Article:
Programming Responses to iPhone Device Rotations

Responding to Device Rotations

One of the features that modern mobile devices support is the ability to detect the current orientation— portrait or landscape—of the device. An application can take advantage of this ability to readjust the device’s screen to maximize the use of the new orientation. A good example is Safari on the iPhone. When you rotate the device to landscape orientation, Safari automatically rotates its view so that you have a wider screen to view the content of the page (see Figure 6-1).


Figure 6-1

 In the iPhone SDK, there are several events that you can handle to ensure that your application is aware of changes in orientation. You can check it out in the following Try it Out.

Try It Out Supporting Different Screen Orientations

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1. Using Xcode, create a new View-Based Application project and name it ScreenRotations.

2. Press Command-R to test the application on the iPhone Simulator.

3. Change the iPhone Simulator orientation by pressing either the Command-? (rotate it to the right) or Command-? (rotate it to the left) key combination. Notice that the screen orientation of your application does not change with the change in device orientation (see Figure 6-2); the status bar is now vertical.

Figure 6-2

How It Works

By default, the iPhone application project you created using Xcode supports a single orientation—portrait mode. If you want to support screen orientations other than the default portrait mode, you can do so by overriding the shouldAutorotateToInterfaceOrientation: method in a view controller. This event is commented out by default in the ScreenRotationsViewController.m file:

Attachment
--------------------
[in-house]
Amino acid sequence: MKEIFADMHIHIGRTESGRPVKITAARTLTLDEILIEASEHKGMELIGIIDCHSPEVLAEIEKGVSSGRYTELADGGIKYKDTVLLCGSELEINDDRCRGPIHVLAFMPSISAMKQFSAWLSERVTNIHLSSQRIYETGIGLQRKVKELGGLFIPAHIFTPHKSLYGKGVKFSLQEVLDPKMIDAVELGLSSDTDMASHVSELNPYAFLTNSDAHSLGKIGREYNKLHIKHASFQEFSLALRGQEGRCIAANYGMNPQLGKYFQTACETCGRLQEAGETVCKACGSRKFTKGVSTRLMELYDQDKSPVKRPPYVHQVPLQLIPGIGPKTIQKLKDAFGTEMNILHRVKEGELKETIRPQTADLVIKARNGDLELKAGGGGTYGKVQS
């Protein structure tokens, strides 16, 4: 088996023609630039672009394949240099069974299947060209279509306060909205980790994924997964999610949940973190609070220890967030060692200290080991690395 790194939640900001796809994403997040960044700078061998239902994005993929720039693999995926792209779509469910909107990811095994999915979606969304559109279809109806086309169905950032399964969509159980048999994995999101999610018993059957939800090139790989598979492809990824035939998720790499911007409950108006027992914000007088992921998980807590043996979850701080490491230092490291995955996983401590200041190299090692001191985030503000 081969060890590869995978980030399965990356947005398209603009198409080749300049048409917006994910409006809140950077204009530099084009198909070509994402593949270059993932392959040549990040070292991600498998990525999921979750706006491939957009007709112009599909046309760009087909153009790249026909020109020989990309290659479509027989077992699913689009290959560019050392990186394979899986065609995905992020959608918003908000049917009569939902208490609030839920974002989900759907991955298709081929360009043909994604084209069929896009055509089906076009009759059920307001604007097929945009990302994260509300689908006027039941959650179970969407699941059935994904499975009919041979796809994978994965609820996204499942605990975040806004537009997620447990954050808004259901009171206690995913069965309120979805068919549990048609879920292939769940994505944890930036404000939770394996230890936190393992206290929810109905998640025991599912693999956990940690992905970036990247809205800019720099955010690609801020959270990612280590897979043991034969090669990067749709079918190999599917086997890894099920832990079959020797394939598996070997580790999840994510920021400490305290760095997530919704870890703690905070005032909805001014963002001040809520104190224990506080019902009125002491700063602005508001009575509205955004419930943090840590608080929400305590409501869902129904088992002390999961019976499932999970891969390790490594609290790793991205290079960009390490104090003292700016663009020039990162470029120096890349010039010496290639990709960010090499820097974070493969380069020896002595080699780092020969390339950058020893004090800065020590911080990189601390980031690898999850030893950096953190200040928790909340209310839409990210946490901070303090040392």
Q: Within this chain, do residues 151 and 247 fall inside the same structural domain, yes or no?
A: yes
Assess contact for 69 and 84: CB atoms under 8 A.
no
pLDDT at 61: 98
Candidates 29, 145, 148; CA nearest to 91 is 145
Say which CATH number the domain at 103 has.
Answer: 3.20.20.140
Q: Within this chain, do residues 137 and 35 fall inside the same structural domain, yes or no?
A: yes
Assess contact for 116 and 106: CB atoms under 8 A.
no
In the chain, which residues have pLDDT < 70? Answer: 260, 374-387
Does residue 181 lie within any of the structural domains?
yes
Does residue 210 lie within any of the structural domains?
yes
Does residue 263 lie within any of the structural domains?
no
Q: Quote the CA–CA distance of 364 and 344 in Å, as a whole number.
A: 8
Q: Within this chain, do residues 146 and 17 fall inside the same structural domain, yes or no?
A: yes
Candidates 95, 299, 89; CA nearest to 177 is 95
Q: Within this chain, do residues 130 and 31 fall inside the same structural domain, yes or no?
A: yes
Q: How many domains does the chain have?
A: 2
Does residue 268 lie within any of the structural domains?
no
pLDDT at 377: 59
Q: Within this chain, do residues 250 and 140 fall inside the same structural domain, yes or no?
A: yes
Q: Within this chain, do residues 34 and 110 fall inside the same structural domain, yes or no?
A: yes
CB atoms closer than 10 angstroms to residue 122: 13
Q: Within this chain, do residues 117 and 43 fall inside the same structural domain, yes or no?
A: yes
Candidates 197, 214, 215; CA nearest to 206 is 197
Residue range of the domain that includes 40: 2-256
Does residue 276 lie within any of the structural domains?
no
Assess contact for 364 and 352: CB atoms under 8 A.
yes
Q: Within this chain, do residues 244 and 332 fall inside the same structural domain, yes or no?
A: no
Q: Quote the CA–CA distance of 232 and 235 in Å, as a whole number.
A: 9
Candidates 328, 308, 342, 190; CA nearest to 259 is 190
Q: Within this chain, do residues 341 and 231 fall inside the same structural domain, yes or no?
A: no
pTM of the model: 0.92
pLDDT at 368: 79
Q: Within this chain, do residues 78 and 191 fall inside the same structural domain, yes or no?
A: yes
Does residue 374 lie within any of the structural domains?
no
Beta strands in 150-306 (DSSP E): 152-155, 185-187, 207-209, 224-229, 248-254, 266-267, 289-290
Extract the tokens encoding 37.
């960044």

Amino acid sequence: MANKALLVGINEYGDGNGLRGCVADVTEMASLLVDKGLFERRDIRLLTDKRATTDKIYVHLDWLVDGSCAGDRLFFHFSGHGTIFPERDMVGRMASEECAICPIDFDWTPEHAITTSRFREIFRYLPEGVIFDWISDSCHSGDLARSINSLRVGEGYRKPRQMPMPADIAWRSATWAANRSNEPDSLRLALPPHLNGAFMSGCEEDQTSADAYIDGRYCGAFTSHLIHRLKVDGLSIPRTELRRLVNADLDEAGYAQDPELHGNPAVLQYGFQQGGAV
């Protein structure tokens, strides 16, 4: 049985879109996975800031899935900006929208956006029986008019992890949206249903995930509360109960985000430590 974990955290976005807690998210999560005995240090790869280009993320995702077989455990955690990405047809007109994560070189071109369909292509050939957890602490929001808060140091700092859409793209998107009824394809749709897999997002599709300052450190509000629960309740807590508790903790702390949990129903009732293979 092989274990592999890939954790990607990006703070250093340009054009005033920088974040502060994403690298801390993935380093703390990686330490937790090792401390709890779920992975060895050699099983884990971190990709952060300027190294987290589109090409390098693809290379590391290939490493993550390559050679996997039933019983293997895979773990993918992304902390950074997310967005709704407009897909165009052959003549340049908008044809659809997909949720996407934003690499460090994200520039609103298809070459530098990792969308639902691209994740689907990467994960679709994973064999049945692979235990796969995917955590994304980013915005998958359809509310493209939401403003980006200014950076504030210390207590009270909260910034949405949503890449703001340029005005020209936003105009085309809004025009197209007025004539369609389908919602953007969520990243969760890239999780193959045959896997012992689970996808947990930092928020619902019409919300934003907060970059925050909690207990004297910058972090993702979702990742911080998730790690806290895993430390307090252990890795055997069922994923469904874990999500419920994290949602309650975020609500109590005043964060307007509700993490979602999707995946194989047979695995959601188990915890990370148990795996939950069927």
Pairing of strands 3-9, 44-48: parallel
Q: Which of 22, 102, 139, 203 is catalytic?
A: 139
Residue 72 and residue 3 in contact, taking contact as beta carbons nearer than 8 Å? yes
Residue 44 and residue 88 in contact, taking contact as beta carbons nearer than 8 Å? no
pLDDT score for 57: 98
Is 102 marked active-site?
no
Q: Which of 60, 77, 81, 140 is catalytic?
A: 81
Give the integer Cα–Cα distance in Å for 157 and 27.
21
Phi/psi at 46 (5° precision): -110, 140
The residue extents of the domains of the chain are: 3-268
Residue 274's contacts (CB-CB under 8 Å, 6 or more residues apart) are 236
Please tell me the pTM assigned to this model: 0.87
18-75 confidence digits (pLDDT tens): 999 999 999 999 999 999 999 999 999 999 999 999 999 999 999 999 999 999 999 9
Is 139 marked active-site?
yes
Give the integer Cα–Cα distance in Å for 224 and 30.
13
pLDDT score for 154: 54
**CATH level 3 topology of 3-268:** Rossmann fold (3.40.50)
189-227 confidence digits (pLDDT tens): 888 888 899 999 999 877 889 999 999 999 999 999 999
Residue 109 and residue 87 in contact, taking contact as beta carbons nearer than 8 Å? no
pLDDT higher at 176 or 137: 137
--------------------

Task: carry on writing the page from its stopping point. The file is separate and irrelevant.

// Override to allow orientations other than the default portrait orientation.

– (BOOL)shouldAutorotateToInterfaceOrientation:

    (UIInterfaceOrientation)interfaceOrientation {

    // Return YES for supported orientations

    return (interfaceOrientation == UIInterfaceOrientationPortrait);



NOTE: One the iPhone, screen rotation is automatically handled by the OS. When the OS detects a change in screen orientation, it fires the shouldAutorotateToInterfaceOrientation: event; it is up to the developer to decide how the application should display in the target orientation.

The shouldAutorotateToInterfaceOrientation: method is called when the View is loaded and when orientation of the device changes. This event passes in a single parameter—the orientation that the device has been changed to. The returning value of this event determines whether the current orientation is supported.

If you want to support all screen orientations, simply return a YES:

– (BOOL)shouldAutorotateToInterfaceOrientation:

(UIInterfaceOrientation)interfaceOrientation {


    return YES; 


This means that your application will rotate to all orientations (the status bar will always appear at the top) when the device is rotated.

To support specific orientations, simply perform an equality check to specify the orientation supported. For example, the following code snippet shows that only the left landscape orientation is supported.


(UIInterfaceOrientation)interfaceOrientation {


    return (interfaceOrientation == UIInterfaceOrientationLandscapeLeft); 


This means that your application will display only in landscape mode (see Figure 6-3) with the Home button on its left (hence the constant name UIInterfaceOrientationLandscapeLeft).

Figure 6-3

If the user rotates the device to portrait mode or landscape mode with the Home button on the right (UIInterfaceOrientationLandscapeRight), the application will not change its orientation (see Figure 6-4).

Figure 6-4

NOTE: Here is one easy way to differentiate between UIInterfaceOrientationLandscapeLeft and UIInterfaceOrientationLandscapeRight. Just remember that UIInterfaceOrientationLandscapeLeft refers to the Home button positioned on the left and UIInterfaceOrientationLandscapeRight refers to the Home button positioned on the right.

This article is excerpted from chapter 6 "Screen Rotations" of the book Beginning iPhone SDK Programming with Objective-C by Wei-Meng Lee (ISBN: 978-0-470-50097-2, Wrox, 2010, Copyright Wiley Publishing Inc.)




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